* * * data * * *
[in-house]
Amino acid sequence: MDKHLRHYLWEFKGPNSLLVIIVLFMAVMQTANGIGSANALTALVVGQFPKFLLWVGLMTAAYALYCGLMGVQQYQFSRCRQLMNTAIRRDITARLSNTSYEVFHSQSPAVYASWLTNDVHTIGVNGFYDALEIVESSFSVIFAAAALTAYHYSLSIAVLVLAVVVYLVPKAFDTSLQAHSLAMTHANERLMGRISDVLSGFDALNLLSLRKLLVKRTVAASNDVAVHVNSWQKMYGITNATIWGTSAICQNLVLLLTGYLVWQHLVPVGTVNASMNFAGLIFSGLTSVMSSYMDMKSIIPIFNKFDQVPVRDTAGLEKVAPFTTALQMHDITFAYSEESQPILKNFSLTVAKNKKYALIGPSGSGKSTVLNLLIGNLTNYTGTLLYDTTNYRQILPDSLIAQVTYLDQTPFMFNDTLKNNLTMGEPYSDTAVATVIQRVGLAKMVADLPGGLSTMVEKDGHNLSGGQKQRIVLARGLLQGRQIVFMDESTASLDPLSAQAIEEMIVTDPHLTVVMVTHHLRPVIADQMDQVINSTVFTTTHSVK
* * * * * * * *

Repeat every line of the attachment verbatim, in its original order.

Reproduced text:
[in-house]
Amino acid sequence: MDKHLRHYLWEFKGPNSLLVIIVLFMAVMQTANGIGSANALTALVVGQFPKFLLWVGLMTAAYALYCGLMGVQQYQFSRCRQLMNTAIRRDITARLSNTSYEVFHSQSPAVYASWLTNDVHTIGVNGFYDALEIVESSFSVIFAAAALTAYHYSLSIAVLVLAVVVYLVPKAFDTSLQAHSLAMTHANERLMGRISDVLSGFDALNLLSLRKLLVKRTVAASNDVAVHVNSWQKMYGITNATIWGTSAICQNLVLLLTGYLVWQHLVPVGTVNASMNFAGLIFSGLTSVMSSYMDMKSIIPIFNKFDQVPVRDTAGLEKVAPFTTALQMHDITFAYSEESQPILKNFSLTVAKNKKYALIGPSGSGKSTVLNLLIGNLTNYTGTLLYDTTNYRQILPDSLIAQVTYLDQTPFMFNDTLKNNLTMGEPYSDTAVATVIQRVGLAKMVADLPGGLSTMVEKDGHNLSGGQKQRIVLARGLLQGRQIVFMDESTASLDPLSAQAIEEMIVTDPHLTVVMVTHHLRPVIADQMDQVINSTVFTTTHSVK